“Hopeful, but Grim” – Preparing to Reapply to Medical School

It seemed as though everyone around me had no problem gaining admission to various medical schools and ended up matriculating at reputable schools too. However, when I ventured online, I realized that my sample pool may have been biased because NOT getting into medical school actually happens…to a lot of people. It really is competitive, nothing is guaranteed, and even great applicants don’t do as well as you think in the application year. When my application year wasn’t looking so good (really, I wasn’t getting interview invites), I had trouble accepting the fact that I might have to reapply the next round. I spent so much time and money into applying that I wasn’t ready to “give up”. I was so uncomfortable with the thought of reapplying that I REFUSED to create a back-up plan. However, I realized that making a back-up plan was NOT synonymous to throwing in the towel on my dreams. You can still remain hopeful and continue to have a positive mindset, but it’s good to have a back-up plan so you can start working to boost your application for the next round as soon as possible in case nothing falls through for you this round. This is what I did to help myself get ready to reapply to medical schools:

1) Get your mind right: I did a good amount of beating myself up when I wasn’t receiving interview invites and seemed to only land on waitlists. I thought, perhaps I wasn’t cut out for medical school, maybe I wasn’t good enough to get into medical school in the first place. I felt so inadequate and unworthy. It was as if I could not separate my identity from how successful or unsuccessful I was. I then realized how ridiculous and unhealthy it was for me to tie my daily affect to how I was faring with medical schools. “I’m a pretty awesome person. There are other things in my life that are going good…” I thought to myself. Why should the way I feel about myself be so dependent upon medical schools? This was the first step I took: separating “me” from medical school admissions. Once I did this, I was able to handle rejections better, and begin to think of a back-up plan because I wasn’t holding on so intensely to this application year as if I was holding on to my life and my whole being.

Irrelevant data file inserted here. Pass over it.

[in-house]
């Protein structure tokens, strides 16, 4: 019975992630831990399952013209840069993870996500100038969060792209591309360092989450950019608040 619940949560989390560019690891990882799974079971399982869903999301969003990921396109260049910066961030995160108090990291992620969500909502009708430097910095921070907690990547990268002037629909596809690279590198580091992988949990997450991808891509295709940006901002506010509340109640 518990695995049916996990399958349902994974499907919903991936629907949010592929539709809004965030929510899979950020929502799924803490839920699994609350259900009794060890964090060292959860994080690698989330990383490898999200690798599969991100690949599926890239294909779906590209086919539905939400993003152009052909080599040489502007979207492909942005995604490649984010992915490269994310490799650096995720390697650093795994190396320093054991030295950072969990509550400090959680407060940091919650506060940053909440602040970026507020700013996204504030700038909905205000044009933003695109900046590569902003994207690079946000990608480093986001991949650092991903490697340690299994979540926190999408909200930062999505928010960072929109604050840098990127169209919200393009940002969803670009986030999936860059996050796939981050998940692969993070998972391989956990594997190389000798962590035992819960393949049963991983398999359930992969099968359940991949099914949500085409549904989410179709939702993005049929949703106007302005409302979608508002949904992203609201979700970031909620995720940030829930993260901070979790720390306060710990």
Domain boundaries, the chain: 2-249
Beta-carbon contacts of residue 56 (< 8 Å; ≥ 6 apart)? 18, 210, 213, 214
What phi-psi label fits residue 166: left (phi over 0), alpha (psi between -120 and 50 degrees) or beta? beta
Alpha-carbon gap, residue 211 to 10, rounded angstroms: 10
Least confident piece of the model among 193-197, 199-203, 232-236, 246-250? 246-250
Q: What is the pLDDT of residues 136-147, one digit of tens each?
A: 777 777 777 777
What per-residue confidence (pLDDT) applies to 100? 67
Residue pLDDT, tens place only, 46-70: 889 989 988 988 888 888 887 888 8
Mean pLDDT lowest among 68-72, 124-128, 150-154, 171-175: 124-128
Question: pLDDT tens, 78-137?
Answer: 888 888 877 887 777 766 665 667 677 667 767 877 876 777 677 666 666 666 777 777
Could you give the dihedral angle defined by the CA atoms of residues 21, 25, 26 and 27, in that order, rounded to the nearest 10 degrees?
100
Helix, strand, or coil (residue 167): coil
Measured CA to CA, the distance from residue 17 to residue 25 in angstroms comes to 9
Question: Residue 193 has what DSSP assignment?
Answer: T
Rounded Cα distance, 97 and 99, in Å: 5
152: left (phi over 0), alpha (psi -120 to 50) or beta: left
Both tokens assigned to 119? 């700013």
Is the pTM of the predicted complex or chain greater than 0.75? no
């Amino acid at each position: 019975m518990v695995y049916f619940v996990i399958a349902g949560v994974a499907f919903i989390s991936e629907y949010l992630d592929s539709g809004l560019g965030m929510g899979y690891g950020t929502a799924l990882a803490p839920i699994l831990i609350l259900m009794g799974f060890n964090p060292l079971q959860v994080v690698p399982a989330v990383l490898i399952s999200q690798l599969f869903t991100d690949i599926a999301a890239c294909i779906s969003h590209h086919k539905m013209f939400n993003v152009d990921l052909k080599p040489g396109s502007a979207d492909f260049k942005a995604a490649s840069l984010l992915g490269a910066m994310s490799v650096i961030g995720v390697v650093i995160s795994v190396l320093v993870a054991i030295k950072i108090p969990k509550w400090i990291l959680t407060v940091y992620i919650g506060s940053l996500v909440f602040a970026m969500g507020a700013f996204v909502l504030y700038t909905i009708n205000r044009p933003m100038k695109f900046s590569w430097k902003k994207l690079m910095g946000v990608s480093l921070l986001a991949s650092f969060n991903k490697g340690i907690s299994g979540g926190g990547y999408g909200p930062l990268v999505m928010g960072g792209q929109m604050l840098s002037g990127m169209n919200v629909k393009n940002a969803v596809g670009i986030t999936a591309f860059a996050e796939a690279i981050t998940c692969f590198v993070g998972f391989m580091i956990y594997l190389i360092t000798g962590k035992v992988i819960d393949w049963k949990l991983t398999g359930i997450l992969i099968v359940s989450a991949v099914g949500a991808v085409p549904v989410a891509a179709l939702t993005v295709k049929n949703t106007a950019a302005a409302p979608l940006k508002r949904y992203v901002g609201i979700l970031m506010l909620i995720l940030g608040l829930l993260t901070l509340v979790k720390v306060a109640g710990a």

2) Get pumped: Applying to medical school is exhausting. Believe me, I know. Even worse is when you think it was all in vain because you failed to gain acceptance somewhere. This can dampen your spirit, instill doubts, and you might lose your motivation to apply again. However, you should remind yourself that you have come so far in the process: starting from college when you were working extra hard to get that GPA up, to when you turned down a friend’s party because you had to study for the MCAT, to filling out all those secondaries late into the night. You’ve done ALOT, and you should be proud of what you have achieved thus far. And it has not been in vain. You were just continuously working towards a goal that you can still achieve. Not gaining acceptance this round just means another year or two-year delay, but in the grand scheme of things, it’s not that much. So, do what you need to do to recharge. Maybe you need to take some time off from thinking about medical school. Start a new hobby, travel, or even explore other career options. It can give you perspective and remember why you wanted to go into medicine in the first place. I remember for me, applying to different jobs made me realize how much less fulfilling some of these jobs would be for me, compared to being a physician, and it made me want to jump back on the proverbial horse.